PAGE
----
Broken Education Policies


The making of education policy is mysterious. Rarely is education policy the result of extant research or excellent practice. Tradition is often the basis for education policy. Well-funded special interests are often the architects of education policy. And, a bunch of education policy explains the low performance of schools and districts serving poor communities. Examples of policies that retard student and school performance include retention, underfunding, teacher compensation, the tyranny of testing, and unfunded mandates.

State or local policies that permit the retention of any student for failing to meet a standard in a prescribed period of time is an abomination given the research that discredits the practice. There are no penalties for teachers or parents when a student fails to meet an arbitrary standard. There are few opportunities for a retained student to be reassigned to their age appropriate grade once they meet the standard they failed to meet. More importantly, there is almost no evidence that retained students catch up with the cohort of students from which they were separated. Lastly, retained students are 25% less likely to graduate high school for each year they are held back. Why such a broken policy persists is a puzzle.

Any policy that underfunds public education is draconian. Money matters when it comes to the development of children. There is nothing that truncates the capacity of persons to participate in the demands of modernity then not having the opportunity to develop the skills and knowledge necessary to support one’s self and family and contribute to civil society. It is a dastardly act when legislative bodies pass budgetary policies that render the most vulnerable without the teachers and resources essential to social mobility. The cruel irony is that the underfunding of education results in a future compensatory expense. We pay for bad policies.

Policies governing teacher compensation are archaic and cruel. Step and lane compensation policy are an artifact from the 19th century and resembles pay schedules for factory workers. Such policies are cruel because the requirements to be a teacher have escalated but a sanitation worker that is a high school drop out can earn more then a teacher. The future of every municipality and the country is dependent upon knowledge workers to drive the economic development imperatives fundamental to the commonweal. Compensation polices that exploit teachers are akin to cutting off one’s nose to spite the face.

The tyranny of testing policies must stop. There was no Texas miracle that justifies the pernicious policy and practice of testing that minimizes teaching and learning. Testing experts agree that testing serves a useful function in education. The tyranny of testing that dominates schools and classrooms has little utility in preparing young people for leadership and participation in a global economy. The negative consequences of failing an accountability examination have not stimulated growth in what students know and can do. Anxiety, fear, and a pattern of under performance are related to the tyranny of testing. This is an unintended consequence of the accountability era that must be adjusted. Stimulating and nourishing student imagination is more important to the common good then passing an accountability examination with dubious utility. Properly used, testing can be helpful to teaching and learning. The tyranny of testing is counterproductive.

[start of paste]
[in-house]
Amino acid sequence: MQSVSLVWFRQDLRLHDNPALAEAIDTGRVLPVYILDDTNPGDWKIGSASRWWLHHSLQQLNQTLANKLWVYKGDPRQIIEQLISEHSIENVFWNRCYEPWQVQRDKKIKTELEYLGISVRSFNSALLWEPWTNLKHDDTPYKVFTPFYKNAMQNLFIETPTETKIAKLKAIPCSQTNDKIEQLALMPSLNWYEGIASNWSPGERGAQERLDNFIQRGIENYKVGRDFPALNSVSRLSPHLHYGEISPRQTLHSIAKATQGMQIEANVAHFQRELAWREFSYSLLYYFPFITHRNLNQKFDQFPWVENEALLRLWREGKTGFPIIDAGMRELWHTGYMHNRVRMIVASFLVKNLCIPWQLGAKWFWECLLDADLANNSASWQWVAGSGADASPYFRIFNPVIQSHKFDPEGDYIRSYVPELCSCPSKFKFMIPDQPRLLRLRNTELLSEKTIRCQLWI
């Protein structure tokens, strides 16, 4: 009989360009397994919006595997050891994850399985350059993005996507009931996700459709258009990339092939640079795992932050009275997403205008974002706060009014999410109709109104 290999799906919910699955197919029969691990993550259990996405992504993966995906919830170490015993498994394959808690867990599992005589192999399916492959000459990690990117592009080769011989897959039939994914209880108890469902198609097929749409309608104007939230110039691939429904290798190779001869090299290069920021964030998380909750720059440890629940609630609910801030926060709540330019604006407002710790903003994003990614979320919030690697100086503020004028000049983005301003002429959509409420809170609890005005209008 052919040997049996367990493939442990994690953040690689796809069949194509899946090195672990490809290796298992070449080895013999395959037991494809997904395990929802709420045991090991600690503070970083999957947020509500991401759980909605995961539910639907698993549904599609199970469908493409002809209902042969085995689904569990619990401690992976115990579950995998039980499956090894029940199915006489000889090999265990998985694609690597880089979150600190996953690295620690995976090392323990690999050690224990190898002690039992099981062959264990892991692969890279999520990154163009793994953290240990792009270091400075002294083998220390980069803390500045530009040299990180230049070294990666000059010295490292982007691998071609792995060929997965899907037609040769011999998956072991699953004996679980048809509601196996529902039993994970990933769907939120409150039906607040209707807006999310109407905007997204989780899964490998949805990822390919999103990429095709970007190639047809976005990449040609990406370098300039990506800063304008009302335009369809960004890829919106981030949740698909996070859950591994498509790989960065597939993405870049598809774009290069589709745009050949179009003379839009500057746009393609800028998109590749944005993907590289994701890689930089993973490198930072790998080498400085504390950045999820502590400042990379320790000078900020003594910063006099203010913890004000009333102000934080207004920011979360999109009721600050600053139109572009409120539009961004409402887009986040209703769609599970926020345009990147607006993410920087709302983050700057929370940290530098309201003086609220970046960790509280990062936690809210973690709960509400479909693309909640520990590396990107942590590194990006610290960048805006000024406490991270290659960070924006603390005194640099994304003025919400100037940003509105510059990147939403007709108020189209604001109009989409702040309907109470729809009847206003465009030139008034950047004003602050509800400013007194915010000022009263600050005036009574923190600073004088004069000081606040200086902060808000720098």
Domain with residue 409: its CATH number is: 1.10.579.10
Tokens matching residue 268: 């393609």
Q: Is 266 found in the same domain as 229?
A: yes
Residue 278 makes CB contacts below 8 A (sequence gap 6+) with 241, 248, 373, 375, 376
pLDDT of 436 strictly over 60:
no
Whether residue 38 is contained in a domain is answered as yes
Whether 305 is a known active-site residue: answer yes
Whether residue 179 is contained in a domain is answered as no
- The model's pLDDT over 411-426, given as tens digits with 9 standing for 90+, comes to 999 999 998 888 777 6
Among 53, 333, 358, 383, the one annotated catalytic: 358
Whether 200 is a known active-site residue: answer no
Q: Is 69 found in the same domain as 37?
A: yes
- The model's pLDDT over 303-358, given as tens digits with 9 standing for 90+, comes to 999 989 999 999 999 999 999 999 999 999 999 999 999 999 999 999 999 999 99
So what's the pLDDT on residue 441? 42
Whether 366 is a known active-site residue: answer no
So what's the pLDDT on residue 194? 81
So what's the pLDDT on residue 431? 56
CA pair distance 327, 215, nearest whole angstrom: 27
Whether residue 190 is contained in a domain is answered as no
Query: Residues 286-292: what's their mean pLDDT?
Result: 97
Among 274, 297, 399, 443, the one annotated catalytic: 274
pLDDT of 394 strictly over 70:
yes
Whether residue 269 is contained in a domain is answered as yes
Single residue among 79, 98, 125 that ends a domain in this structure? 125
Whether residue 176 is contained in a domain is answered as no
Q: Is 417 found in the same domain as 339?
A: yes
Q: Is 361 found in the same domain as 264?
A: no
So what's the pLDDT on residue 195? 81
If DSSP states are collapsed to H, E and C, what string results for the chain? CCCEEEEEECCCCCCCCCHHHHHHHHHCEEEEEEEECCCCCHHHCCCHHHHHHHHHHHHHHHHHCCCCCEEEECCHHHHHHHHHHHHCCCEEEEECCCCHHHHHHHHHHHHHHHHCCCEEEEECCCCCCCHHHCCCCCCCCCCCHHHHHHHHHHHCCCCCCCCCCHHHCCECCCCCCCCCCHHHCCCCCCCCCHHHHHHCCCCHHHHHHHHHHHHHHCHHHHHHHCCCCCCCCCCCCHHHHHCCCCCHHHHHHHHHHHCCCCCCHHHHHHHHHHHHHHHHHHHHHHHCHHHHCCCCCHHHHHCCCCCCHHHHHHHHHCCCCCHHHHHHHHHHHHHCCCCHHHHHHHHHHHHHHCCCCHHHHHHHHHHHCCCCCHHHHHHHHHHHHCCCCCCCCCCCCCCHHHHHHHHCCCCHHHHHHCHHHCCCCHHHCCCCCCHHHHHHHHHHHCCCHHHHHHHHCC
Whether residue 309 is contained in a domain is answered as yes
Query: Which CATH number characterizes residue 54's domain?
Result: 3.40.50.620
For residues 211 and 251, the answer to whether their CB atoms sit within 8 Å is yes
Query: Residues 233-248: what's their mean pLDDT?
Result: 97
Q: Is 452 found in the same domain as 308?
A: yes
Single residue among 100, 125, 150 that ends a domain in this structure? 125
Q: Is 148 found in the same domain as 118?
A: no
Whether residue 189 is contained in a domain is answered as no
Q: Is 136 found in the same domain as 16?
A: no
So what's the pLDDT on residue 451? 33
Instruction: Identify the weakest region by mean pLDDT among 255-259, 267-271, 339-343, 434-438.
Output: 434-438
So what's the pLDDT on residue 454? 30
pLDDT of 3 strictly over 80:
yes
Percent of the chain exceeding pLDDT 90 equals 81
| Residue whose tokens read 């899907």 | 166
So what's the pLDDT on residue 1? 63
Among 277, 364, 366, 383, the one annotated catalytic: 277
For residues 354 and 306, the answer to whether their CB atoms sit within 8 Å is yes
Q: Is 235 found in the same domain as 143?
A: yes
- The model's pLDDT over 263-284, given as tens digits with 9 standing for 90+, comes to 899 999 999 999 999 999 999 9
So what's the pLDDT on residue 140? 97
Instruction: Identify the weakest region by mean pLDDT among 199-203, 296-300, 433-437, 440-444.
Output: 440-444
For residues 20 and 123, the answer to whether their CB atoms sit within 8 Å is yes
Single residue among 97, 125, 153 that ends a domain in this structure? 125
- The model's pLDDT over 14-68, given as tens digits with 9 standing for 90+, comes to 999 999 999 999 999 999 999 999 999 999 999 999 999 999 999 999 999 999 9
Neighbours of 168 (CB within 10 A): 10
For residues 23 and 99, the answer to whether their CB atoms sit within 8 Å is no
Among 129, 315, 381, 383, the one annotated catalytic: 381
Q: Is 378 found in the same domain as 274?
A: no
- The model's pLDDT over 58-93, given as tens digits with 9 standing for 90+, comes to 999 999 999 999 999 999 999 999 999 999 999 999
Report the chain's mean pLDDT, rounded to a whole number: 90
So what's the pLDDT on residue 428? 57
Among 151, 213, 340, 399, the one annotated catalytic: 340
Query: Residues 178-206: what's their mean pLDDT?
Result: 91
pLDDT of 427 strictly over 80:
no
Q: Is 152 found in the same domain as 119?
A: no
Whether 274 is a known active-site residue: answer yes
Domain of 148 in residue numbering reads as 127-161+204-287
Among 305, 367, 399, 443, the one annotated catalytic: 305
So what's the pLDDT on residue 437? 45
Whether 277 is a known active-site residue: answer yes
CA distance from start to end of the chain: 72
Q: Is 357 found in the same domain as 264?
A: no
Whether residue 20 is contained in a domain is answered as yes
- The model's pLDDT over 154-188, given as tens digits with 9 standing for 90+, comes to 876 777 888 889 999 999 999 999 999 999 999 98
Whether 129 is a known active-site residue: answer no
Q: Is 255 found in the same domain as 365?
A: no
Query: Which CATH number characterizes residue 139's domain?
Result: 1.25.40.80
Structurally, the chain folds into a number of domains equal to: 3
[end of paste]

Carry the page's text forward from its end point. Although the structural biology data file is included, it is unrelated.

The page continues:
Unfunded policy mandates are punitive and demoralizing. The archives of education history are full of well intentioned mandates that are only implemented where privilege is prevalent. Examples include laboratory based science education, second language instruction, art and music instruction, and universal access to career and technical education. The merit of such study is not assailable. Failure to offer a required program of study can lead to a school’s loss of accreditation. Yet, only communities with a strong tax base can offer the wide range of instructional programs mandated in policy. Charter Schools are another example of an unfunded mandate that siphons resources from existing allocations and weakens the capacity of existing schools and districts. The intent may be meritorious but the outcome destabilizes education in a local community. Unfunded policy mandates do more harm than good.

State legislative bodies and education agencies promulgate the largest body of education policy. Since 1964, the federal Department of Education has generated education policy tied to modest federal funding of education. Sometimes, as in the case of kindergarten, education policy emerges from community advocacy but may not be universally supported for implementation. Good education policy is transformative. Compulsory education policy is one such example. Head Start is another excellent example. Over the last decade or two, broken education policy has dominated the landscape.

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